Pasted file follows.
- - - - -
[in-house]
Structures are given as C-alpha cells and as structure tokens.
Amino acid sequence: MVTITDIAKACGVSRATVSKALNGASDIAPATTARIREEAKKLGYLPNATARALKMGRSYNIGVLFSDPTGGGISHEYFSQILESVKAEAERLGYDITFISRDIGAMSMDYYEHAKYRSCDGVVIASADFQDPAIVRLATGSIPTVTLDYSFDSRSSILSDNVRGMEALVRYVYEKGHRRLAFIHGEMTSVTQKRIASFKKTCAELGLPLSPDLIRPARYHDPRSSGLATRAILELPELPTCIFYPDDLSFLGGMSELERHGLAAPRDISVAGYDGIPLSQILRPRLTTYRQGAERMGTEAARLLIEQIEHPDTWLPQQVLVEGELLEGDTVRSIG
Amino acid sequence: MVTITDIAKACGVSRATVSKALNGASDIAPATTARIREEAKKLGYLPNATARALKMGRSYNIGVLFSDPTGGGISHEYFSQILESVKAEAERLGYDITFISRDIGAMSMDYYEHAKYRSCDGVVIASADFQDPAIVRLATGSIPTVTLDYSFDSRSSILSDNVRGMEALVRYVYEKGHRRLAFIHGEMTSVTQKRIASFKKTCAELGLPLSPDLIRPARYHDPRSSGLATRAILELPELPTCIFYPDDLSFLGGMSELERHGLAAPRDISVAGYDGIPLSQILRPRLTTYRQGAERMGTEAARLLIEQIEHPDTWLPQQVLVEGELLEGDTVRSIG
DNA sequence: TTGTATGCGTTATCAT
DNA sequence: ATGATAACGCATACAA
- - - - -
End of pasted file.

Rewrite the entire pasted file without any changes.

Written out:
[in-house]
Structures are given as C-alpha cells and as structure tokens.
Amino acid sequence: MVTITDIAKACGVSRATVSKALNGASDIAPATTARIREEAKKLGYLPNATARALKMGRSYNIGVLFSDPTGGGISHEYFSQILESVKAEAERLGYDITFISRDIGAMSMDYYEHAKYRSCDGVVIASADFQDPAIVRLATGSIPTVTLDYSFDSRSSILSDNVRGMEALVRYVYEKGHRRLAFIHGEMTSVTQKRIASFKKTCAELGLPLSPDLIRPARYHDPRSSGLATRAILELPELPTCIFYPDDLSFLGGMSELERHGLAAPRDISVAGYDGIPLSQILRPRLTTYRQGAERMGTEAARLLIEQIEHPDTWLPQQVLVEGELLEGDTVRSIG
Amino acid sequence: MVTITDIAKACGVSRATVSKALNGASDIAPATTARIREEAKKLGYLPNATARALKMGRSYNIGVLFSDPTGGGISHEYFSQILESVKAEAERLGYDITFISRDIGAMSMDYYEHAKYRSCDGVVIASADFQDPAIVRLATGSIPTVTLDYSFDSRSSILSDNVRGMEALVRYVYEKGHRRLAFIHGEMTSVTQKRIASFKKTCAELGLPLSPDLIRPARYHDPRSSGLATRAILELPELPTCIFYPDDLSFLGGMSELERHGLAAPRDISVAGYDGIPLSQILRPRLTTYRQGAERMGTEAARLLIEQIEHPDTWLPQQVLVEGELLEGDTVRSIG
DNA sequence: TTGTATGCGTTATCAT
DNA sequence: ATGATAACGCATACAA